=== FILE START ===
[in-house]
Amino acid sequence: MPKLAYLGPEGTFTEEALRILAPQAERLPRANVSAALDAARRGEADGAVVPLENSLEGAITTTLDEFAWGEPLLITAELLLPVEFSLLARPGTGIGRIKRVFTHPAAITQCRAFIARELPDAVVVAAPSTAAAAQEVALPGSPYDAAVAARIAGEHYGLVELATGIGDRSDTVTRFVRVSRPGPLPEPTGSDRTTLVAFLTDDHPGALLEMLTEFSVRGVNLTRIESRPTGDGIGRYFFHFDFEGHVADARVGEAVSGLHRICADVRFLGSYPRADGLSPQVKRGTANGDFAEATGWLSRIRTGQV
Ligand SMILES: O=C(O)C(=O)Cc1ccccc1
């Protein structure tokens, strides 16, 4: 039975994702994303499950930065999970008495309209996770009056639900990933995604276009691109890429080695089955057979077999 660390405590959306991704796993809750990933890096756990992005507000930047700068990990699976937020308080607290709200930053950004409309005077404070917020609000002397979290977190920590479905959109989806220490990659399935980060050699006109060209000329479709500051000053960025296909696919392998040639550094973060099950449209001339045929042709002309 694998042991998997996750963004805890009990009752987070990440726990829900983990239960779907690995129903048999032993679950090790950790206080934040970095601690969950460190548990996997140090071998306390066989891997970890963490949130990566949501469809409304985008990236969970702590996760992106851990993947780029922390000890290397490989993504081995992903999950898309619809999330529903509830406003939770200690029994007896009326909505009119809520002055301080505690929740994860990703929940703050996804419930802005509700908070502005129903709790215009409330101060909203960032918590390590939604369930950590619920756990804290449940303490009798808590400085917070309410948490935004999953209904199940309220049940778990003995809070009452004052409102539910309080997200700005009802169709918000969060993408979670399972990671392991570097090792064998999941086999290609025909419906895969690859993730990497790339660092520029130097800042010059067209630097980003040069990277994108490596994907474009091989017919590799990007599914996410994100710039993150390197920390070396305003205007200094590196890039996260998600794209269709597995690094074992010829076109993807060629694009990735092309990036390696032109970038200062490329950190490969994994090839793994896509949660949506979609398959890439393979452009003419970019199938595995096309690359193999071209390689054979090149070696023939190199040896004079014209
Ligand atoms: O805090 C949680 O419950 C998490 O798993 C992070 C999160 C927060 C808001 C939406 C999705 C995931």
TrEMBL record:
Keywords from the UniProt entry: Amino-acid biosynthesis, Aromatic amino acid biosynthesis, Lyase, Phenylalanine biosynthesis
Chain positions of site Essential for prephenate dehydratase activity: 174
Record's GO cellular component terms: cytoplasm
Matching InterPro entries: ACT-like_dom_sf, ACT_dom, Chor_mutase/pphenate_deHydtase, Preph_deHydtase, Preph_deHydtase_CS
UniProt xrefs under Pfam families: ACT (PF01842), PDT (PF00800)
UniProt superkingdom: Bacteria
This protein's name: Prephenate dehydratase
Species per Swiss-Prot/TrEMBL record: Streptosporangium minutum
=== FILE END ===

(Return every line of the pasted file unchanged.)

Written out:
[in-house]
Amino acid sequence: MPKLAYLGPEGTFTEEALRILAPQAERLPRANVSAALDAARRGEADGAVVPLENSLEGAITTTLDEFAWGEPLLITAELLLPVEFSLLARPGTGIGRIKRVFTHPAAITQCRAFIARELPDAVVVAAPSTAAAAQEVALPGSPYDAAVAARIAGEHYGLVELATGIGDRSDTVTRFVRVSRPGPLPEPTGSDRTTLVAFLTDDHPGALLEMLTEFSVRGVNLTRIESRPTGDGIGRYFFHFDFEGHVADARVGEAVSGLHRICADVRFLGSYPRADGLSPQVKRGTANGDFAEATGWLSRIRTGQV
Ligand SMILES: O=C(O)C(=O)Cc1ccccc1
């Protein structure tokens, strides 16, 4: 039975994702994303499950930065999970008495309209996770009056639900990933995604276009691109890429080695089955057979077999 660390405590959306991704796993809750990933890096756990992005507000930047700068990990699976937020308080607290709200930053950004409309005077404070917020609000002397979290977190920590479905959109989806220490990659399935980060050699006109060209000329479709500051000053960025296909696919392998040639550094973060099950449209001339045929042709002309 694998042991998997996750963004805890009990009752987070990440726990829900983990239960779907690995129903048999032993679950090790950790206080934040970095601690969950460190548990996997140090071998306390066989891997970890963490949130990566949501469809409304985008990236969970702590996760992106851990993947780029922390000890290397490989993504081995992903999950898309619809999330529903509830406003939770200690029994007896009326909505009119809520002055301080505690929740994860990703929940703050996804419930802005509700908070502005129903709790215009409330101060909203960032918590390590939604369930950590619920756990804290449940303490009798808590400085917070309410948490935004999953209904199940309220049940778990003995809070009452004052409102539910309080997200700005009802169709918000969060993408979670399972990671392991570097090792064998999941086999290609025909419906895969690859993730990497790339660092520029130097800042010059067209630097980003040069990277994108490596994907474009091989017919590799990007599914996410994100710039993150390197920390070396305003205007200094590196890039996260998600794209269709597995690094074992010829076109993807060629694009990735092309990036390696032109970038200062490329950190490969994994090839793994896509949660949506979609398959890439393979452009003419970019199938595995096309690359193999071209390689054979090149070696023939190199040896004079014209
Ligand atoms: O805090 C949680 O419950 C998490 O798993 C992070 C999160 C927060 C808001 C939406 C999705 C995931």
TrEMBL record:
Keywords from the UniProt entry: Amino-acid biosynthesis, Aromatic amino acid biosynthesis, Lyase, Phenylalanine biosynthesis
Chain positions of site Essential for prephenate dehydratase activity: 174
Record's GO cellular component terms: cytoplasm
Matching InterPro entries: ACT-like_dom_sf, ACT_dom, Chor_mutase/pphenate_deHydtase, Preph_deHydtase, Preph_deHydtase_CS
UniProt xrefs under Pfam families: ACT (PF01842), PDT (PF00800)
UniProt superkingdom: Bacteria
This protein's name: Prephenate dehydratase
Species per Swiss-Prot/TrEMBL record: Streptosporangium minutum